|Número de publicación||US6692092 B1|
|Tipo de publicación||Concesión|
|Número de solicitud||US 09/688,592|
|Fecha de publicación||17 Feb 2004|
|Fecha de presentación||16 Oct 2000|
|Fecha de prioridad||16 Oct 2000|
|Número de publicación||09688592, 688592, US 6692092 B1, US 6692092B1, US-B1-6692092, US6692092 B1, US6692092B1|
|Inventores||Gail W. Evans|
|Cesionario original||Gail W. Evans|
|Exportar cita||BiBTeX, EndNote, RefMan|
|Citas de patentes (22), Citada por (15), Clasificaciones (10), Eventos legales (9)|
|Enlaces externos: USPTO, Cesión de USPTO, Espacenet|
In today's mobile society it is often necessary for families to transport young children to settings where play items are not available. Parents of young children who have had the experience of waiting for a doctor or dental appointment, or for a seat in a restaurant or airport can understand the difficulty in attempting to distract and entertain a child until the wait is finished. In addition, there are times when travelling with a young child on vacation or for work purposes is necessary.
When unable to entertain themselves through play, young children can become intractable, unhappy and, ultimately, disruptive. It is embarrassing and frustrating when the child becomes irritable and disruptive. Further, there may not be an opportunity to leave the environment with the child. Sometimes a laundry basket of toys is on hand. Unfortunately, many of such toys have long outlived their purpose and require adults to find missing or mismatched pieces, which, if present at all, are always on the bottom of the basket.
Consequently, there is a need for a child friendly transportable play center that creates a learning and entertaining environment for young children, and allows for the securing and storage of an ample variety of play items.
The present invention is directed to a portable play center having a center housing that defines a center cavity and a pair of side housings that are hingedly attached to opposite sides of the center housing. The pair of side housings each define a side cavity and are rotatable between an open position providing access to the center cavity and each of the side cavities and a closed position preventing access to the center cavity.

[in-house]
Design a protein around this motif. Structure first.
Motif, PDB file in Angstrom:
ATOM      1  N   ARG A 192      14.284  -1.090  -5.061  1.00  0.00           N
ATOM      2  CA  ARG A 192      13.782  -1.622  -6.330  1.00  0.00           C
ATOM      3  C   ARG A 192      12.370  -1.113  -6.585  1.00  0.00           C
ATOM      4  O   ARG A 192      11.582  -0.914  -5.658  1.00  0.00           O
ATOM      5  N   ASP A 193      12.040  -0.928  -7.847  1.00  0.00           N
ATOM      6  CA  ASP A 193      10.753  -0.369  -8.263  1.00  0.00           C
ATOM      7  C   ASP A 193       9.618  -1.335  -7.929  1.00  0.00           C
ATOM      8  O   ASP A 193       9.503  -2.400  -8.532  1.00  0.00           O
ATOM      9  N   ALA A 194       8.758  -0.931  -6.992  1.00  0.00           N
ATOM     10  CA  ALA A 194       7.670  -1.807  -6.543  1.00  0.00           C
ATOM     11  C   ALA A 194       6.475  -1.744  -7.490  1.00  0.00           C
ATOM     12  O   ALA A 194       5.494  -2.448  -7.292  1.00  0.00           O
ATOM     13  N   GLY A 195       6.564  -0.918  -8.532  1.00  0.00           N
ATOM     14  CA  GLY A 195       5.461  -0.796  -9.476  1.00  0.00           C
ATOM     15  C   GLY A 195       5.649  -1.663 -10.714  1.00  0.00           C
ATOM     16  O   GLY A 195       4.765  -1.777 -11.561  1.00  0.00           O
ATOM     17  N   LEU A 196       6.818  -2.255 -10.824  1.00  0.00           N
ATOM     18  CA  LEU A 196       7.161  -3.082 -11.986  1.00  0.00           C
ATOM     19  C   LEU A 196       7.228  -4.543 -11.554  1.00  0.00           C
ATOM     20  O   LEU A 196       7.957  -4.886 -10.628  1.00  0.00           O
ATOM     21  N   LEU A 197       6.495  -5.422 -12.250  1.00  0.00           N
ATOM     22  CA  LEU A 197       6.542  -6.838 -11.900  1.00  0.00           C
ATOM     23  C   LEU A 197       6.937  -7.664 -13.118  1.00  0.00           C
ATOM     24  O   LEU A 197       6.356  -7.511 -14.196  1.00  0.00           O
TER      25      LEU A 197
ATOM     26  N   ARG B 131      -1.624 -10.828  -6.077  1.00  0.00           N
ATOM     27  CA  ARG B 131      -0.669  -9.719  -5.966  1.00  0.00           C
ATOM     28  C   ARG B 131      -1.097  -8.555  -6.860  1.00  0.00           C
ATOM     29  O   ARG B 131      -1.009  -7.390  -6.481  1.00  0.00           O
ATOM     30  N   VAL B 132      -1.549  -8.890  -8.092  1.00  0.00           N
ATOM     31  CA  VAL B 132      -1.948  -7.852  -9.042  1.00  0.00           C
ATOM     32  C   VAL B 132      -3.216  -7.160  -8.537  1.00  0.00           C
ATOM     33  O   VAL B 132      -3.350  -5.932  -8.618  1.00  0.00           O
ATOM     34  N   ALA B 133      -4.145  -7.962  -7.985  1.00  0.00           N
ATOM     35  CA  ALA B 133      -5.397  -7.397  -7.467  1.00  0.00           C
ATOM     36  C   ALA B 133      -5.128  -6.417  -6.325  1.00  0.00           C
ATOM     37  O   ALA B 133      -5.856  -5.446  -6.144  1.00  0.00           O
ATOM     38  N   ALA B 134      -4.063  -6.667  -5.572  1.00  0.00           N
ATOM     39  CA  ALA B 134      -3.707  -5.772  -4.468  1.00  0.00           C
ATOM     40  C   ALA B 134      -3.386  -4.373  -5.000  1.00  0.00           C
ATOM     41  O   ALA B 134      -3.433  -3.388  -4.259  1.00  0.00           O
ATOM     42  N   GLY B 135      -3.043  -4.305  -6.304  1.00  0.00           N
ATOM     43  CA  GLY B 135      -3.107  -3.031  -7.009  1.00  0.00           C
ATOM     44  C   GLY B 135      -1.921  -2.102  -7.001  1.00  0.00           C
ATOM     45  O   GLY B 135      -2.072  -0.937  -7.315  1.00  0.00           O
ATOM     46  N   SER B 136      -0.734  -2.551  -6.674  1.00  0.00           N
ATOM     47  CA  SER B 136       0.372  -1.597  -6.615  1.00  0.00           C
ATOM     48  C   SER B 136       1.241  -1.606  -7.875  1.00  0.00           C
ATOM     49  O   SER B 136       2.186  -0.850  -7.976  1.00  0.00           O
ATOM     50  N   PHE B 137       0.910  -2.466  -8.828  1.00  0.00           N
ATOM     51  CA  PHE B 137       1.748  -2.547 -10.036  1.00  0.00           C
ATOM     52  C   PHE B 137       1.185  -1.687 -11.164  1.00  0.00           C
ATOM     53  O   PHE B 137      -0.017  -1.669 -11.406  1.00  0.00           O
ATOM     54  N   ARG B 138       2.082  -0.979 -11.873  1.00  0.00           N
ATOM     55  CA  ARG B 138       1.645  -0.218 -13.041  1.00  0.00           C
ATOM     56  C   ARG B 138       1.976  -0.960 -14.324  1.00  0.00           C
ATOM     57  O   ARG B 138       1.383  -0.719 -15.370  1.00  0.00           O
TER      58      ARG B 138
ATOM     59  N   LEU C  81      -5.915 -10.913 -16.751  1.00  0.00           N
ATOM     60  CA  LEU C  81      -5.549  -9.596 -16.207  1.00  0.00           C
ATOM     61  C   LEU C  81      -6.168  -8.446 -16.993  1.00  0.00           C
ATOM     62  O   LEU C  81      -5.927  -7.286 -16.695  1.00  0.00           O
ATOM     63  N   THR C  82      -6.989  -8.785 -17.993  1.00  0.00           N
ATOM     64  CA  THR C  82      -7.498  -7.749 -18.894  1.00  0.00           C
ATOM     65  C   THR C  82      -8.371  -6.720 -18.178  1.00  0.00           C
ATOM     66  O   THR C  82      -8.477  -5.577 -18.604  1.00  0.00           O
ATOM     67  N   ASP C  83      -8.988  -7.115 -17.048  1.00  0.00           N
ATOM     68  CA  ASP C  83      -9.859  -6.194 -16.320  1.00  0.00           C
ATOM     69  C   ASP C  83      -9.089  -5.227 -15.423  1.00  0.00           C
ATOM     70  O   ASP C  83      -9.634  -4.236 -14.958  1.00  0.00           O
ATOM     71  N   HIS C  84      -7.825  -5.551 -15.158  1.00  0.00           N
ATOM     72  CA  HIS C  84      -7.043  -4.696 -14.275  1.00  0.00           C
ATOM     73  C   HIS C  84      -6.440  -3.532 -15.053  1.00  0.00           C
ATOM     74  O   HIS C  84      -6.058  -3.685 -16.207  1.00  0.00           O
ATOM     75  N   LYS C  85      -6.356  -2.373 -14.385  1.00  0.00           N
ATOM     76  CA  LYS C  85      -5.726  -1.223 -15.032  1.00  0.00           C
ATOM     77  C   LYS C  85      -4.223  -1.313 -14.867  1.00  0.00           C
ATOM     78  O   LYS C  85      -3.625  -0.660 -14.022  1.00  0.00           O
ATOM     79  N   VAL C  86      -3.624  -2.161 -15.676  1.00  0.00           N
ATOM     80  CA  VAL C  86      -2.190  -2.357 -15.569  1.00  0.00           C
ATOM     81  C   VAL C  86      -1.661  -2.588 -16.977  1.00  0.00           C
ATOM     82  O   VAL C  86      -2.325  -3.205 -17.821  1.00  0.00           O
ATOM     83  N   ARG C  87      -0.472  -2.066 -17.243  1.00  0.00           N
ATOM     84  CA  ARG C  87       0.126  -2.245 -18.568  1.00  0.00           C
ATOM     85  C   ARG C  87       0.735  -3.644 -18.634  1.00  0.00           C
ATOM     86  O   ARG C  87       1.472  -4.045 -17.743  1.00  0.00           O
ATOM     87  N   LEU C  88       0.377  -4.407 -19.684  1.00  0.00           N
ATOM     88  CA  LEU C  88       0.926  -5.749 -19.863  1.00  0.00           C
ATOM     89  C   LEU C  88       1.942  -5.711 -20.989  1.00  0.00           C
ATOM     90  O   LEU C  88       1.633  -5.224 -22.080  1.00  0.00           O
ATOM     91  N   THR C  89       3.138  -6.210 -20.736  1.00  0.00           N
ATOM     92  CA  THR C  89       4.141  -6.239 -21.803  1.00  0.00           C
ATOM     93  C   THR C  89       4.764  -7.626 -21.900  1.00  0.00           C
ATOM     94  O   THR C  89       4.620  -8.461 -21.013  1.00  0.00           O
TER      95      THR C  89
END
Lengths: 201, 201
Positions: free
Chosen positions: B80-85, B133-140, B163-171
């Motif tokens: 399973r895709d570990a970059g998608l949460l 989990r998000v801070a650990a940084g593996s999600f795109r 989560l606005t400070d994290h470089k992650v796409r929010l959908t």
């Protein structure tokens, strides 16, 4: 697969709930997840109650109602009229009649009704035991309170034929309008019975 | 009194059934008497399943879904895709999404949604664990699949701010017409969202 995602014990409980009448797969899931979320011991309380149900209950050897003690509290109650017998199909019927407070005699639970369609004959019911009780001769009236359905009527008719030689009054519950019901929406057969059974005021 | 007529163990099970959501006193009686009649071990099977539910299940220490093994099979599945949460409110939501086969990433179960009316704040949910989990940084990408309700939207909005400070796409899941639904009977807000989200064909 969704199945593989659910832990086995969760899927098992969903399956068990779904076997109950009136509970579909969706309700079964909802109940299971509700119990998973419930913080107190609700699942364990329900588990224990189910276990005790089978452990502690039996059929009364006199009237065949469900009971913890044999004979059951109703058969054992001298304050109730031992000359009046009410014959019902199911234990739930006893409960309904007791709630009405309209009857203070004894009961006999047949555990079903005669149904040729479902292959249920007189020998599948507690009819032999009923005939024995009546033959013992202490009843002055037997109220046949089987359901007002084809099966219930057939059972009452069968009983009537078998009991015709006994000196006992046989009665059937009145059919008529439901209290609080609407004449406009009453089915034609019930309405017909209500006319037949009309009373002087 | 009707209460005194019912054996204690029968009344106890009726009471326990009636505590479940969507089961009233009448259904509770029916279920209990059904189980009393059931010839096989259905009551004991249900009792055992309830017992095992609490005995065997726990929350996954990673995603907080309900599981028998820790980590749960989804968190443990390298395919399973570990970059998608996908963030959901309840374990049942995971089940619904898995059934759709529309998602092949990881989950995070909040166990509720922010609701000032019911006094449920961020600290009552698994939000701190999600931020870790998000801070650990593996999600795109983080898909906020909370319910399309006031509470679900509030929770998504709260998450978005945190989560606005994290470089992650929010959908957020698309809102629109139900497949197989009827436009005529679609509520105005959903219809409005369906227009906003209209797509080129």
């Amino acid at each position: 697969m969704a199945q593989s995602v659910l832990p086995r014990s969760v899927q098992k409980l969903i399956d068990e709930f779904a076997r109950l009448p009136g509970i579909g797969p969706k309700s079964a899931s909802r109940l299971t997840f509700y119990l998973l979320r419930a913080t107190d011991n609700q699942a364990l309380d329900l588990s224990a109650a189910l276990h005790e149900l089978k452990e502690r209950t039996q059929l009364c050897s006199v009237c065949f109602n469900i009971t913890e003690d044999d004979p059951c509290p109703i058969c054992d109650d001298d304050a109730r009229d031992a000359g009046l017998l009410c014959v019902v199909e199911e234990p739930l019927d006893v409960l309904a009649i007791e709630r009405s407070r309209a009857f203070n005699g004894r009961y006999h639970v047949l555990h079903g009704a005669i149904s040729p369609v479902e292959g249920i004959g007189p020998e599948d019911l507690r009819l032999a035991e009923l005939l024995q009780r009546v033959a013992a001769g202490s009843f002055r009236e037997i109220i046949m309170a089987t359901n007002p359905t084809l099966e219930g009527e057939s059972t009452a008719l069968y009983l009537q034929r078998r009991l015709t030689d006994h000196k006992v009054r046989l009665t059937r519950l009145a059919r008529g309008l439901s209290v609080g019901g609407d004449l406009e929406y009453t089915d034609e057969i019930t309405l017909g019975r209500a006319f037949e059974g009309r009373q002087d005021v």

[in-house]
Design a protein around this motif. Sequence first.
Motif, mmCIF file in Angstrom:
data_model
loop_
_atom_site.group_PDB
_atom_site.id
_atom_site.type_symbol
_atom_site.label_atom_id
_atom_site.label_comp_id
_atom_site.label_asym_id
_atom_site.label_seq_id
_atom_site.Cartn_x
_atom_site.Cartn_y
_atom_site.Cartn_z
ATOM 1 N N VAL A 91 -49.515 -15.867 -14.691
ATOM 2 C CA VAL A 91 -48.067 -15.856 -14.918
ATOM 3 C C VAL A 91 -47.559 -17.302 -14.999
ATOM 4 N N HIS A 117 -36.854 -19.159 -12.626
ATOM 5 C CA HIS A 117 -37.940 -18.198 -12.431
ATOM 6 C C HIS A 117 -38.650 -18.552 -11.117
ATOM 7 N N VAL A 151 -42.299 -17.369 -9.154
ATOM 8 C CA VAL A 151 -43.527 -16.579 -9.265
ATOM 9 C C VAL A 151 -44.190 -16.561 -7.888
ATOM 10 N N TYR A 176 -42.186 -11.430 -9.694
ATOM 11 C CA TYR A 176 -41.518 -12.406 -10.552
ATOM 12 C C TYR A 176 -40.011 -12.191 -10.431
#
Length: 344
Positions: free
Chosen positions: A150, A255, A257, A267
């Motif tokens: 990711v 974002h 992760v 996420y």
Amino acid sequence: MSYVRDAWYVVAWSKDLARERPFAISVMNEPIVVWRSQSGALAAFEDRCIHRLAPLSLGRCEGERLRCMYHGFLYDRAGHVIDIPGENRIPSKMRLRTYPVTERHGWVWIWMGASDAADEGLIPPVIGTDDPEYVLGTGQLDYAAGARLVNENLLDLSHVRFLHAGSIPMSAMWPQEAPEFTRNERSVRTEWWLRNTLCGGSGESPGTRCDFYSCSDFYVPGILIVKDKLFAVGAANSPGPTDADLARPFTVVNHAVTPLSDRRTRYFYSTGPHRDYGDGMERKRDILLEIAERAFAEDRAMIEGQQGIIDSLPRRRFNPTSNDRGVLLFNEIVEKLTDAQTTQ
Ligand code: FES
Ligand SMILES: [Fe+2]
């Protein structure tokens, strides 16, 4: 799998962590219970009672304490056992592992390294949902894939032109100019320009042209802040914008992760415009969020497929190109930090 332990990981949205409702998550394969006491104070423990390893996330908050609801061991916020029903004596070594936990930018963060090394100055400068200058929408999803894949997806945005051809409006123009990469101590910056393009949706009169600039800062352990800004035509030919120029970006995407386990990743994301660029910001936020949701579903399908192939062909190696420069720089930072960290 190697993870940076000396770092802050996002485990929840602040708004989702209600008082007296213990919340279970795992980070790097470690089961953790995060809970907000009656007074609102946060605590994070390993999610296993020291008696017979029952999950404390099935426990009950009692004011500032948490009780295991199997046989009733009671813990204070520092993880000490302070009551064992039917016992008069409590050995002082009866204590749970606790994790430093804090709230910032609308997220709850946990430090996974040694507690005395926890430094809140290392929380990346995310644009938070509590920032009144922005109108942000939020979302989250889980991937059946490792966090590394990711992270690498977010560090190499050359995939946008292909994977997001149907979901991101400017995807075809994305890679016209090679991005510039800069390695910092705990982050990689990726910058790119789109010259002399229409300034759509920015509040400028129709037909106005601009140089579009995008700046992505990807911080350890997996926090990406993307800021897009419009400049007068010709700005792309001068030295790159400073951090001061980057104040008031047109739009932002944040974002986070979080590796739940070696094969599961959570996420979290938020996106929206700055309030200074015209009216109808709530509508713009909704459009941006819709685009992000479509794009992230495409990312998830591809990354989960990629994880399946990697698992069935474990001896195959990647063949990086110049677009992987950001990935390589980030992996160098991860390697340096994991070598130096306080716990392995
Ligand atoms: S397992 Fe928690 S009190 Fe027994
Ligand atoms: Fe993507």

The transportable play center of the present invention may further include a child interest device. The child interest device may include at least one pouch or mesh pocket releasable attached to one of the side housings. The child interest device may also include at least one Velcro® tab or snap device mounted on one of the side housings. The child interest device may also include at least one shelf in the center housing having a transparent sliding door providing access to the shelf Further, the child interest device comprises at least one shelf, in one of the side housings, having a transparent sliding door providing access to the shelf. The child interest device may also include a removable drawer unit contained in the center storage cavity. The transportable play center may further include a tabletop slidably received in the center housing.
The transportable play center of the present invention may also include side housings that each have a side housing depth and a side housing width and the center housing has a center housing depth and center housing width and wherein the side housing depth is about two-thirds the center housing depth and the combined side housing width is about the same as the center housing width.
The transportable play center may also have a pair of wheels located on the center housing, adjacent to the floor for transporting the play center and may also have a handle attached to the center housing. Still further, the transportable play center may be constructed of plastic, or like materials.
The present invention is also directed to a transportable play center that has a center housing defining a center cavity. The transportable play center also has a pair of side housings hingedly attached to opposite sides of the center housing. The pair of side housings each define a side cavity and are rotatable between an open position providing access to the center cavity and each of the side cavities and a closed position preventing access to the center cavity. The transportable play center may also include a tabletop slidably received in the center housing. The transportable play center also includes at least one shelf that has a transparent sliding door that is located in the center housing above the tabletop. The transportable play center also contains at least one drawer unit removably received in the center housing below the tabletop.